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Gastroenterology. 2006 Oct;131(4):1208-17.

Loss of Raf kinase inhibitor protein promotes cell proliferation and migration of human hepatoma cells.

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Liver Research Center, Rhode Island Hospital and Brown Medical School, Brown University, 55 Claverick Street, Providence, RI 02903, USA.



The Raf kinase inhibitor protein (RKIP) has been identified as a suppressor of the mitogen-activated protein kinase (MAPK) pathway. Loss of RKIP function promotes tumor metastasis in prostate cancer and melanoma. The insulin-like growth factor I (IGF-I)-mediated MAPK cascade is often activated in hepatocellular carcinoma (HCC), but the role of RKIP in the molecular pathogenesis of these tumors is unknown. This study was performed to evaluate the role of RKIP in the development of HCC.


The levels of RKIP expression in HCC tumor and corresponding peritumoral tissues were determined by immunohistochemistry and Western blot analysis. The underlying mechanisms of RKIP were assessed with immunoblot analysis, Raf kinase activity assay, cell proliferation, and migration assays after either overexpression or knockdown of RKIP expression in HCC cell lines.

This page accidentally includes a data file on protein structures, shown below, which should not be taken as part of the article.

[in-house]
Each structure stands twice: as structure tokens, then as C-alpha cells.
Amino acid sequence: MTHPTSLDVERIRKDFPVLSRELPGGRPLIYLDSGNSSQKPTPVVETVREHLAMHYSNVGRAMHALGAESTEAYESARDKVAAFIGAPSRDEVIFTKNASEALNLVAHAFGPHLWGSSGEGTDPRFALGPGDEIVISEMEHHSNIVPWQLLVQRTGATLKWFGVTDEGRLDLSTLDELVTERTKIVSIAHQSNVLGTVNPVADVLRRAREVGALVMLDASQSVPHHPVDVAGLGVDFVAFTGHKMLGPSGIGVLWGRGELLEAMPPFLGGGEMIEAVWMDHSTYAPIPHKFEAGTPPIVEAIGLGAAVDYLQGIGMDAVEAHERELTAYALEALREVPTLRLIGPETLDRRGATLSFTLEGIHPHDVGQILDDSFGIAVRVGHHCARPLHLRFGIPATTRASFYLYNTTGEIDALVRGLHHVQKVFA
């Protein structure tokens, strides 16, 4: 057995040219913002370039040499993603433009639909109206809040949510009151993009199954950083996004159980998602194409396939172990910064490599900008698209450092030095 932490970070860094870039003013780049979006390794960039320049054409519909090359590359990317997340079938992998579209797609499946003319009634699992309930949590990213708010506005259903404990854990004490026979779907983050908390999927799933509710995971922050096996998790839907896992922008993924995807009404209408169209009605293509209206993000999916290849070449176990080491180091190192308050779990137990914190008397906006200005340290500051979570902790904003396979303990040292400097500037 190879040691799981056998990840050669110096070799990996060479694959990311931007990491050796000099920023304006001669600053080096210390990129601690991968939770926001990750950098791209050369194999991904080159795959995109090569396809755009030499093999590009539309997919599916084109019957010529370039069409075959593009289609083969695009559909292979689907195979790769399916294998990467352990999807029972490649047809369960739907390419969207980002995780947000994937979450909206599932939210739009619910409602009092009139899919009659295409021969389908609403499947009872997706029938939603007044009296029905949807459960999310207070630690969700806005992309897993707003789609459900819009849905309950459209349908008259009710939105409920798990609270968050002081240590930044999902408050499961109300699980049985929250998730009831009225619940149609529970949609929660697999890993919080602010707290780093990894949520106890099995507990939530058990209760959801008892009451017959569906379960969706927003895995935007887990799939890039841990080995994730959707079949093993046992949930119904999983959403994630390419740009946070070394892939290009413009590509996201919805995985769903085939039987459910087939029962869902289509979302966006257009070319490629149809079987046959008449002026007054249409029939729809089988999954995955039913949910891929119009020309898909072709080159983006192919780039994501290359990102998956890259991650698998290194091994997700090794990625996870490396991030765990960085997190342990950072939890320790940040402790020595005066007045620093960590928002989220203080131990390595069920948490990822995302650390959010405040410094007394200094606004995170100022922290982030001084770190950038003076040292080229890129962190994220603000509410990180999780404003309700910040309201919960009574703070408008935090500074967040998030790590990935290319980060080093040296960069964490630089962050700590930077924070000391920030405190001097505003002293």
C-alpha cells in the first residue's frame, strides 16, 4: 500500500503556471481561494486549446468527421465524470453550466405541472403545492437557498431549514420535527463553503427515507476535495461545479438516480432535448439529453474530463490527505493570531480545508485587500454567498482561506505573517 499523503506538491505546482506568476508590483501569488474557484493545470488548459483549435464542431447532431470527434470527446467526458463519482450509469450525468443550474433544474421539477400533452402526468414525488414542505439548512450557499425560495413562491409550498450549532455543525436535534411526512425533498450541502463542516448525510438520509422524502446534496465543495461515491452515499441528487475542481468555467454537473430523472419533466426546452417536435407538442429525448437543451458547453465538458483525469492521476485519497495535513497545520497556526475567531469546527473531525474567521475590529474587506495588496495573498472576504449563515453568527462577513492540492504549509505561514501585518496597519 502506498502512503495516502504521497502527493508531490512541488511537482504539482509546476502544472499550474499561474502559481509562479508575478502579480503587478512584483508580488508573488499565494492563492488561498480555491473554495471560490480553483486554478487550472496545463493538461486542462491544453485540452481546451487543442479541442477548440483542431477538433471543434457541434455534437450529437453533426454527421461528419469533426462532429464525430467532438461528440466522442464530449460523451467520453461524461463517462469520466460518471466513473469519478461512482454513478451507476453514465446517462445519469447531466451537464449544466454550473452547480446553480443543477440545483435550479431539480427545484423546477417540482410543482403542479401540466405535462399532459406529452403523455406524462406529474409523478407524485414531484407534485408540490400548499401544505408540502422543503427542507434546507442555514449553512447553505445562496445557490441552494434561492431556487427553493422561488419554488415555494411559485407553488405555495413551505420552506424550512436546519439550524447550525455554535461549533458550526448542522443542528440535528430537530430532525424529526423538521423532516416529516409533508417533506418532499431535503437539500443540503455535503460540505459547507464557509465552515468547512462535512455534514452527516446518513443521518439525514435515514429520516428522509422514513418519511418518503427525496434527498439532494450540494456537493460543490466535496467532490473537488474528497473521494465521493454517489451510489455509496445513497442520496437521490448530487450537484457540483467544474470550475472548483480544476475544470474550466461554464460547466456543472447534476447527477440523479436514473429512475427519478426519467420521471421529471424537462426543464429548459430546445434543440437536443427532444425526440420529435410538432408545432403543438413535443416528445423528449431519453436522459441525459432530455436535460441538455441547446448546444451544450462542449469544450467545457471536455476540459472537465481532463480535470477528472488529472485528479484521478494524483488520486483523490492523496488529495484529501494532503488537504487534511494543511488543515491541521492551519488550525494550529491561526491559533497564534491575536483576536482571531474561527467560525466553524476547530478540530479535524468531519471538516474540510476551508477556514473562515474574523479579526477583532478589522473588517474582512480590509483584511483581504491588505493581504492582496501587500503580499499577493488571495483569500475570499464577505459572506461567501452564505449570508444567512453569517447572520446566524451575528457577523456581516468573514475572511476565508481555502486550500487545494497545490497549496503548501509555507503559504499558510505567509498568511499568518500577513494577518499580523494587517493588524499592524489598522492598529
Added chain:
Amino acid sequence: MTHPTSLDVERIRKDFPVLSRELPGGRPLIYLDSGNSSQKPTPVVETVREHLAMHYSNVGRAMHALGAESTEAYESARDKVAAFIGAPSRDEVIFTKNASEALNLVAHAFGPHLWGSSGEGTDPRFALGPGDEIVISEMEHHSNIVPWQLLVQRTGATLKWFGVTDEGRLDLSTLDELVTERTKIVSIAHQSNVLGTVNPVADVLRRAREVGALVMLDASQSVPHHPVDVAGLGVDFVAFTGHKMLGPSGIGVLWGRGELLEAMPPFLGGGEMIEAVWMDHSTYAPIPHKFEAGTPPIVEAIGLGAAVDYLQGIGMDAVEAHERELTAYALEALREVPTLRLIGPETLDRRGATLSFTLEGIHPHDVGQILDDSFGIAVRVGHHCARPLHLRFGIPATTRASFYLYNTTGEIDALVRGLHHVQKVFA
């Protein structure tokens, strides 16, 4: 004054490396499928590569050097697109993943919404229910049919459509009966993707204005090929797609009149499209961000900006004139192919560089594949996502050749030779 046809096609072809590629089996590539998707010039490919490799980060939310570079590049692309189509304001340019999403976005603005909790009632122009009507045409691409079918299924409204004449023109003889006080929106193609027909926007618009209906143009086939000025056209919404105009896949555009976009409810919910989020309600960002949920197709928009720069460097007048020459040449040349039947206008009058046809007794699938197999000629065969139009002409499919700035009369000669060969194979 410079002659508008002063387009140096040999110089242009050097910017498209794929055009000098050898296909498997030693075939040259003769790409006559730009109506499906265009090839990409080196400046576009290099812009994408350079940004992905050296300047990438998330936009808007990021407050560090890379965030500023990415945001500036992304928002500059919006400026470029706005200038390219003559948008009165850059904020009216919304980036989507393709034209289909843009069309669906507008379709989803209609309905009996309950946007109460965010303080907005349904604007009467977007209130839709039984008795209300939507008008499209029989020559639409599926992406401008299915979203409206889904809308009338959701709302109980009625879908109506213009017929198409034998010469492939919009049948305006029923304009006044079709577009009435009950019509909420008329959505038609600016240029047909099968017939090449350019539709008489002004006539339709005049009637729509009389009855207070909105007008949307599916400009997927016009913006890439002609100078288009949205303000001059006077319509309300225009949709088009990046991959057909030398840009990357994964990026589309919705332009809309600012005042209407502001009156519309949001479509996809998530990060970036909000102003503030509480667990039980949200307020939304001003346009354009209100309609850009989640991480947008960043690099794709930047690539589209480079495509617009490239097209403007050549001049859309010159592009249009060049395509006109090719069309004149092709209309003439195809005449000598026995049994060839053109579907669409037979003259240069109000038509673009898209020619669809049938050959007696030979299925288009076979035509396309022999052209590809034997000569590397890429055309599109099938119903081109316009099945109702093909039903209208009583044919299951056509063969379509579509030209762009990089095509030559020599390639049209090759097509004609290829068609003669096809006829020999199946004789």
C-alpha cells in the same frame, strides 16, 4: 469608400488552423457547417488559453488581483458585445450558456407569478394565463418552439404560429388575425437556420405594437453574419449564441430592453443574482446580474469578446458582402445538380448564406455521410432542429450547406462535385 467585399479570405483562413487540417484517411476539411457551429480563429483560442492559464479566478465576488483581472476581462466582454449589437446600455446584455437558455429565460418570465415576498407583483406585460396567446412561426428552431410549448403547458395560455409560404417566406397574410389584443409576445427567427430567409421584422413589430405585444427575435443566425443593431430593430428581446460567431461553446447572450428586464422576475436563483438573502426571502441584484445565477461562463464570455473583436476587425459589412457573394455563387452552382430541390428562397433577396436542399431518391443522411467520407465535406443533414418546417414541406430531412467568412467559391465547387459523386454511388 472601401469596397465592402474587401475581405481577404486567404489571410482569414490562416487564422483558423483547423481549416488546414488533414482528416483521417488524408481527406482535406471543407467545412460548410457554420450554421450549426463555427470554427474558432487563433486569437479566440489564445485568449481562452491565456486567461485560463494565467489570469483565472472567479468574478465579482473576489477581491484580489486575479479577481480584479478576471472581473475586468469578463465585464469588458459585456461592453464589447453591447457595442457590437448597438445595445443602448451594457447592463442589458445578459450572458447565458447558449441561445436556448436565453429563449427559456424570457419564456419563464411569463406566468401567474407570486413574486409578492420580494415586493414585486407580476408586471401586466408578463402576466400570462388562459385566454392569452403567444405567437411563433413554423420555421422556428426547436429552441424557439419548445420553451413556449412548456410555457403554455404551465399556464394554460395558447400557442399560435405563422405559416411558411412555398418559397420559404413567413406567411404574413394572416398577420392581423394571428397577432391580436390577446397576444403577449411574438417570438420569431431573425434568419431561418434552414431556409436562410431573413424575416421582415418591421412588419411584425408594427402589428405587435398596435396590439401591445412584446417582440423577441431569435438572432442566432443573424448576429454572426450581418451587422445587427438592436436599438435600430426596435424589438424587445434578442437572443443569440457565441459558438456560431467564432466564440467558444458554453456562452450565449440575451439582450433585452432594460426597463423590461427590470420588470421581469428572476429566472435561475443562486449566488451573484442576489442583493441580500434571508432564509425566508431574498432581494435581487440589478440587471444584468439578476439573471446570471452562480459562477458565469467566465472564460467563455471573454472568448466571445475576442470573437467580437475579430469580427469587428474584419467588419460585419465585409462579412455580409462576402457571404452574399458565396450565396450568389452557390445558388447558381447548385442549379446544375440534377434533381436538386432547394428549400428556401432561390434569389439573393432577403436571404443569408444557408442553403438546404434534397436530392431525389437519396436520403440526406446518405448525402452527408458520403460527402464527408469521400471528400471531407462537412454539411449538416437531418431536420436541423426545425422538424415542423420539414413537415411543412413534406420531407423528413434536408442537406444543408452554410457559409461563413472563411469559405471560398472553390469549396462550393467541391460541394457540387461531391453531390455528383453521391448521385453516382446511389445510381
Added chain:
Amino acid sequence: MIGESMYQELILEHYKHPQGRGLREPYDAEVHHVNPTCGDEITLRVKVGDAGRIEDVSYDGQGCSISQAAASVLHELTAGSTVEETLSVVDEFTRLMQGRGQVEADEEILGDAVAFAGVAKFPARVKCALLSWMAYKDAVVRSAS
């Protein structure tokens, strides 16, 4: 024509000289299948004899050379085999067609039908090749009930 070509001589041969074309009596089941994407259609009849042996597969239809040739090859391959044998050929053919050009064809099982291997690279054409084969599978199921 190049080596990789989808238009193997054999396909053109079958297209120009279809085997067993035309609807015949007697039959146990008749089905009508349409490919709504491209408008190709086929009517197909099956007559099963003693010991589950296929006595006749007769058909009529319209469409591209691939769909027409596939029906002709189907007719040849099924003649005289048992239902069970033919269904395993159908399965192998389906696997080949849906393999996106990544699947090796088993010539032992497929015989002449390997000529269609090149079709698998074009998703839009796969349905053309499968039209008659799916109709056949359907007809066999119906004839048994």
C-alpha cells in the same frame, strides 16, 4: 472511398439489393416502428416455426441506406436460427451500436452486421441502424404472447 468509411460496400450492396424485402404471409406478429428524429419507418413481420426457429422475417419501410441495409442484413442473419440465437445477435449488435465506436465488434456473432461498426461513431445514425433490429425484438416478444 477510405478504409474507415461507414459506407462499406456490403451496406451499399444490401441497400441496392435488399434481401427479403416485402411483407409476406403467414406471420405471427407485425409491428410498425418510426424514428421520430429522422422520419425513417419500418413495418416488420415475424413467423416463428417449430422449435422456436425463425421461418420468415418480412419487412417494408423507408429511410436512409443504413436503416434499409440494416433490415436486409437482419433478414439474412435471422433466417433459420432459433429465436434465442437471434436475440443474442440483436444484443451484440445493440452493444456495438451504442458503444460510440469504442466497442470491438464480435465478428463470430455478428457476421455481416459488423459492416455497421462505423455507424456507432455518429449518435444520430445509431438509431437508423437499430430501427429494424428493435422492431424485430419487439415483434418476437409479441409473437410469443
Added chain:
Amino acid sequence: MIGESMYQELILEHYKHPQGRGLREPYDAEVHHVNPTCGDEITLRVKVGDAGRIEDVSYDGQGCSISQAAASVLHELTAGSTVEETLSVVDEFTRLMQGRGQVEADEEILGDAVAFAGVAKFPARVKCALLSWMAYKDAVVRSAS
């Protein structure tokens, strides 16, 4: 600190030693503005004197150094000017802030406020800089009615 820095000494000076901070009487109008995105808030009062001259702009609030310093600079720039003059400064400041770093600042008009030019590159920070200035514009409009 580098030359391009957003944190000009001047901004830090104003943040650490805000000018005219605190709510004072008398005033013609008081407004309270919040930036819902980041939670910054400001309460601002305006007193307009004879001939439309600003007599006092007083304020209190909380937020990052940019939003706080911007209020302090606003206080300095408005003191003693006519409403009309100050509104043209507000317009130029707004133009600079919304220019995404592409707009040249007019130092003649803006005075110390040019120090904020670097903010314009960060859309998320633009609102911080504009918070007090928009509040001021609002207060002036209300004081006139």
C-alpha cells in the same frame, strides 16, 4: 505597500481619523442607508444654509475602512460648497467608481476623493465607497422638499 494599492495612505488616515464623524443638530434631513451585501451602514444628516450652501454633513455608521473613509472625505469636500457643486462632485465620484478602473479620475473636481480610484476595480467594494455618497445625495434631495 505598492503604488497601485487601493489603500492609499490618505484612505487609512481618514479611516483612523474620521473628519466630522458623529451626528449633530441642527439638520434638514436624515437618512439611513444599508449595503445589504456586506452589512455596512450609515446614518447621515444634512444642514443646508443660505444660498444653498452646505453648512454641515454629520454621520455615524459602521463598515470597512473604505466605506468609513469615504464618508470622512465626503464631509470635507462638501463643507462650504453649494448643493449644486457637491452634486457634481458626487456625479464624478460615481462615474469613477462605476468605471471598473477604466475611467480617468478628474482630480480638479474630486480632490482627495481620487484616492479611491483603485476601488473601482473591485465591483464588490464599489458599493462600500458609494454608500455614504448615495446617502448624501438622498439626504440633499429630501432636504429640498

RKIP expression is down-regulated in human HCC compared with adjacent peritumoral tissues. Low RKIP levels were correlated with enhanced extracellular signal-regulated-kinase (ERK)/MAPK pathway activation. Reconstitution experiments antagonized IGF-I-mediated MAPK pathway activation, resulting in reduced nuclear accumulation of phospho-ERK. In contrast, knockdown of RKIP expression using small interfering RNA induced activation of the ERK/MAPK pathway. Ectopic expression of RKIP altered HCC cell proliferation and migration.


Our findings indicate that down-regulation of RKIP expression is a major factor in activation of the IGF-I/ERK/MAPK pathway during human hepatocarcinogenesis.

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